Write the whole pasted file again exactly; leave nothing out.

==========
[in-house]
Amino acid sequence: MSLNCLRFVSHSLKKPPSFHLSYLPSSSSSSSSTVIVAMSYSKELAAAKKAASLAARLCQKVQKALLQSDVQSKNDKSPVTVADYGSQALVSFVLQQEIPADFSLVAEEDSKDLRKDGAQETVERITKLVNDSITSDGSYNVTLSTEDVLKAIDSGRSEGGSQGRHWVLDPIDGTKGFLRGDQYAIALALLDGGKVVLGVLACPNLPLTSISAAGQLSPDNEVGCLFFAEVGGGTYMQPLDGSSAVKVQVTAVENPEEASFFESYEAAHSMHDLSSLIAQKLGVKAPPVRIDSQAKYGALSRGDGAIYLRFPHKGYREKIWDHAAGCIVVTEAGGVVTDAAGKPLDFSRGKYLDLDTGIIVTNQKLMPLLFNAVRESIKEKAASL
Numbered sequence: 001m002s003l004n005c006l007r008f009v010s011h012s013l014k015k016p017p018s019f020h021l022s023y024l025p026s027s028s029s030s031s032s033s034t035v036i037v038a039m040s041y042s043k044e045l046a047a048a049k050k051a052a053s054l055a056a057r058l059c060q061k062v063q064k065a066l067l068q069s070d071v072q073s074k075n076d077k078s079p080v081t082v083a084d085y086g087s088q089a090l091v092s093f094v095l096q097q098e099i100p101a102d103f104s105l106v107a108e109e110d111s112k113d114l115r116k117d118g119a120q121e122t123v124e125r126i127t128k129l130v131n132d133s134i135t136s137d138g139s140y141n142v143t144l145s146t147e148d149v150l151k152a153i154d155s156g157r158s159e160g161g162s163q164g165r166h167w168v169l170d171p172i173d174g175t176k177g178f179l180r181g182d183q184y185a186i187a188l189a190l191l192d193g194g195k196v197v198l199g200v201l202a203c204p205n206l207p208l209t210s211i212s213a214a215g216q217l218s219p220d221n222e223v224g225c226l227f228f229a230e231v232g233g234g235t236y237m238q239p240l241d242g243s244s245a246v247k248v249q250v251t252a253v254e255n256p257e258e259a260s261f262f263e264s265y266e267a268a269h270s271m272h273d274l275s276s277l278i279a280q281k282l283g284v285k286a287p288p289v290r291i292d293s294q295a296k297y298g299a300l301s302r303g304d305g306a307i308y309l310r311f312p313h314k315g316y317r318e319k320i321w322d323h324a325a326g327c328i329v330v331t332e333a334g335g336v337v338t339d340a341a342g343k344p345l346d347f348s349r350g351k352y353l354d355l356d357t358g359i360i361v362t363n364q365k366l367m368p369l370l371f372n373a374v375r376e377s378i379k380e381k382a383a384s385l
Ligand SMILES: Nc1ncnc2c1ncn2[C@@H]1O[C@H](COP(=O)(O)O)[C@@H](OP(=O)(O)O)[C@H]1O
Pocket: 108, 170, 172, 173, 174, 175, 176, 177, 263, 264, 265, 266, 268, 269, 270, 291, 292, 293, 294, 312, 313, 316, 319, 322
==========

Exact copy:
[in-house]
Amino acid sequence: MSLNCLRFVSHSLKKPPSFHLSYLPSSSSSSSSTVIVAMSYSKELAAAKKAASLAARLCQKVQKALLQSDVQSKNDKSPVTVADYGSQALVSFVLQQEIPADFSLVAEEDSKDLRKDGAQETVERITKLVNDSITSDGSYNVTLSTEDVLKAIDSGRSEGGSQGRHWVLDPIDGTKGFLRGDQYAIALALLDGGKVVLGVLACPNLPLTSISAAGQLSPDNEVGCLFFAEVGGGTYMQPLDGSSAVKVQVTAVENPEEASFFESYEAAHSMHDLSSLIAQKLGVKAPPVRIDSQAKYGALSRGDGAIYLRFPHKGYREKIWDHAAGCIVVTEAGGVVTDAAGKPLDFSRGKYLDLDTGIIVTNQKLMPLLFNAVRESIKEKAASL
Numbered sequence: 001m002s003l004n005c006l007r008f009v010s011h012s013l014k015k016p017p018s019f020h021l022s023y024l025p026s027s028s029s030s031s032s033s034t035v036i037v038a039m040s041y042s043k044e045l046a047a048a049k050k051a052a053s054l055a056a057r058l059c060q061k062v063q064k065a066l067l068q069s070d071v072q073s074k075n076d077k078s079p080v081t082v083a084d085y086g087s088q089a090l091v092s093f094v095l096q097q098e099i100p101a102d103f104s105l106v107a108e109e110d111s112k113d114l115r116k117d118g119a120q121e122t123v124e125r126i127t128k129l130v131n132d133s134i135t136s137d138g139s140y141n142v143t144l145s146t147e148d149v150l151k152a153i154d155s156g157r158s159e160g161g162s163q164g165r166h167w168v169l170d171p172i173d174g175t176k177g178f179l180r181g182d183q184y185a186i187a188l189a190l191l192d193g194g195k196v197v198l199g200v201l202a203c204p205n206l207p208l209t210s211i212s213a214a215g216q217l218s219p220d221n222e223v224g225c226l227f228f229a230e231v232g233g234g235t236y237m238q239p240l241d242g243s244s245a246v247k248v249q250v251t252a253v254e255n256p257e258e259a260s261f262f263e264s265y266e267a268a269h270s271m272h273d274l275s276s277l278i279a280q281k282l283g284v285k286a287p288p289v290r291i292d293s294q295a296k297y298g299a300l301s302r303g304d305g306a307i308y309l310r311f312p313h314k315g316y317r318e319k320i321w322d323h324a325a326g327c328i329v330v331t332e333a334g335g336v337v338t339d340a341a342g343k344p345l346d347f348s349r350g351k352y353l354d355l356d357t358g359i360i361v362t363n364q365k366l367m368p369l370l371f372n373a374v375r376e377s378i379k380e381k382a383a384s385l
Ligand SMILES: Nc1ncnc2c1ncn2[C@@H]1O[C@H](COP(=O)(O)O)[C@@H](OP(=O)(O)O)[C@H]1O
Pocket: 108, 170, 172, 173, 174, 175, 176, 177, 263, 264, 265, 266, 268, 269, 270, 291, 292, 293, 294, 312, 313, 316, 319, 322